Saturday, 29 May 2010

Truth, what is the truth?

Today is the feast of the Most Holy Trinity. The gospel is taken from John 16:12-15. As it is only a short gospel I post it here completely:

Jesus said to his disciples:

I still have many things to say to you
but they would be too much for you now.
But when the Spirit of truth comes
he will lead you to the complete truth,
since he will not be speaking as from himself
but will say only what he has learnt;
and he will tell you of the things to come.
He will glorify me,
since all he tells you will be taken from what is mine.
Everything the Father has is mine;
that is why I said:
All he tells you will be taken from what is mine.
I am home in the Netherlands at the moment (hence the unusual picture above; it has been a few years since I last sat on my 'old' horse). Being at home, the topic of Truth is always on my mind. It is such a different world here compared with being in Ireland. In Ireland I always have the feeling there is still some religious undertone in society, even though it might be weak. In the Netherlands I do not sense this at all...

This might just be because I had absolutely no idea of religion when I was living here, and as such just don't have any religious association with Dutch society. Obviously, in Ireland I do, as I have been living there most of my time as an active Catholic, practically since my baptism in 2003. It always raises the question; how is it to live without knowledge of the truth, without the truth being made clear and without having this solid foundation in live?

I didn't miss it, at least not in a conscious way, before I came to Ireland. I didn't know anything about God, and it is hard to miss something if you do not know about. I always hold that I was searching for something, something I just did not know, and that it was only after encountering God that I realized this. Would I like to go back to the live of ignorance, so to speak? No, absolutely not, there is now a fullness in live which I never experienced before, a completeness which was missing.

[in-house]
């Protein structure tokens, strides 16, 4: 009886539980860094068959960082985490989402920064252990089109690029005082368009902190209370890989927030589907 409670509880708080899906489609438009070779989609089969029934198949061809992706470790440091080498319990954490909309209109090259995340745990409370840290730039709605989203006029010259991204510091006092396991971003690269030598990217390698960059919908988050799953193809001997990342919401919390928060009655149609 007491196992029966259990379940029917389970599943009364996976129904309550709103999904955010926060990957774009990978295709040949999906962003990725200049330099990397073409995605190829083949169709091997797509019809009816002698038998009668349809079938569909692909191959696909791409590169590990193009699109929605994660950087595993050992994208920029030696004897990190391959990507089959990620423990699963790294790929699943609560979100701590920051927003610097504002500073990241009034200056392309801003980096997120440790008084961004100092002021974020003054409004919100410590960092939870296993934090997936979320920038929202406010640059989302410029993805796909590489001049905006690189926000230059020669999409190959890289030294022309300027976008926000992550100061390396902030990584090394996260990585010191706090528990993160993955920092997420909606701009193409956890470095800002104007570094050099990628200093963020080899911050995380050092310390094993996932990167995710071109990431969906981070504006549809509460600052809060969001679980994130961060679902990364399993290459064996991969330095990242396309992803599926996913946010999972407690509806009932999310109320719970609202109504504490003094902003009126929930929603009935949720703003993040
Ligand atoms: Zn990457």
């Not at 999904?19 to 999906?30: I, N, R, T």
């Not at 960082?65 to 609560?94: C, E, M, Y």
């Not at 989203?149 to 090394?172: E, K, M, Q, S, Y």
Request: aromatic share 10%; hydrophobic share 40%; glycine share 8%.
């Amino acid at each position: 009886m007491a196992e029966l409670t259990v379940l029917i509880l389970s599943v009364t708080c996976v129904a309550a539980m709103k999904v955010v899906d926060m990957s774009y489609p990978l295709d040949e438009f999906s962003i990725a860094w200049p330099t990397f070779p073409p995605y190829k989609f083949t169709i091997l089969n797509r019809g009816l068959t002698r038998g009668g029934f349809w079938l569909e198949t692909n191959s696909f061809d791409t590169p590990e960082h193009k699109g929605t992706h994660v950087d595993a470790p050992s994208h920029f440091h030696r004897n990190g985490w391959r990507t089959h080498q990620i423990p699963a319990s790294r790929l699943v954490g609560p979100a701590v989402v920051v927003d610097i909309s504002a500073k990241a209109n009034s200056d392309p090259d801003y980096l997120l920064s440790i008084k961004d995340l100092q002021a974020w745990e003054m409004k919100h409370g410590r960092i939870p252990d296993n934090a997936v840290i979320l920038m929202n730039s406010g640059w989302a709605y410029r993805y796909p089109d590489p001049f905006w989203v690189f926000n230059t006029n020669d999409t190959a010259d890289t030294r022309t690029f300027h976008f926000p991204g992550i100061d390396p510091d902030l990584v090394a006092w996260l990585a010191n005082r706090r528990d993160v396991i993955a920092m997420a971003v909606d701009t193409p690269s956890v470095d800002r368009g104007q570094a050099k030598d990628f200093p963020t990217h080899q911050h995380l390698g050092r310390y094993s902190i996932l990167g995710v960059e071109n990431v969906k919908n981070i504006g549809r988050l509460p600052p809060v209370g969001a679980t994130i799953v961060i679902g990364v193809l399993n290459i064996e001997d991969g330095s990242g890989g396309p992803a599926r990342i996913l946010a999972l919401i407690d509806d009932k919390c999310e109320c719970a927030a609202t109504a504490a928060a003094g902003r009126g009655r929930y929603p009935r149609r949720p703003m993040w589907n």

As the Gospel teaches us, God leads us gently towards the truth. "I still have many things to say to you
but they would be too much for you now",  and I think it is amazing how God does this. We can see it in the development of doctrine, for example the Trinity in todays feast, but experiential, maybe even more so in somebodies life. It is hard though to see so many people around you of whom you can guess don't have a notion at all of the Good News, and the especially here in the Netherlands it seems that there is such a gab between God and the world... the Gospel needs to be preached, but how to reach so many people who seem so far away from receiving it!

Well, I guess this was not really a reflection on the Gospel or the feast but just some thoughts... more questions than answers... but I better go back to the family...

Saturday, 22 May 2010

Pentecost Sunday

The exams are almost over, but we still have one left on Monday. As such I again ask apologies for the brief post. Last week was a busy week with exams, but also some other projects which needed attention. I realise also that I am a good bit behind in video editing work, and hopefully I get the video of Fr. Fergus Ryan OP his ordination ready in the first or second week of June, followed by the diaconate ordination of Bro. David Barrins OP. Good news is that the Irish province is going to expand our effort to use the internet, through reflections and video, in the coming months. So bear with me for a while until this new project gets under way.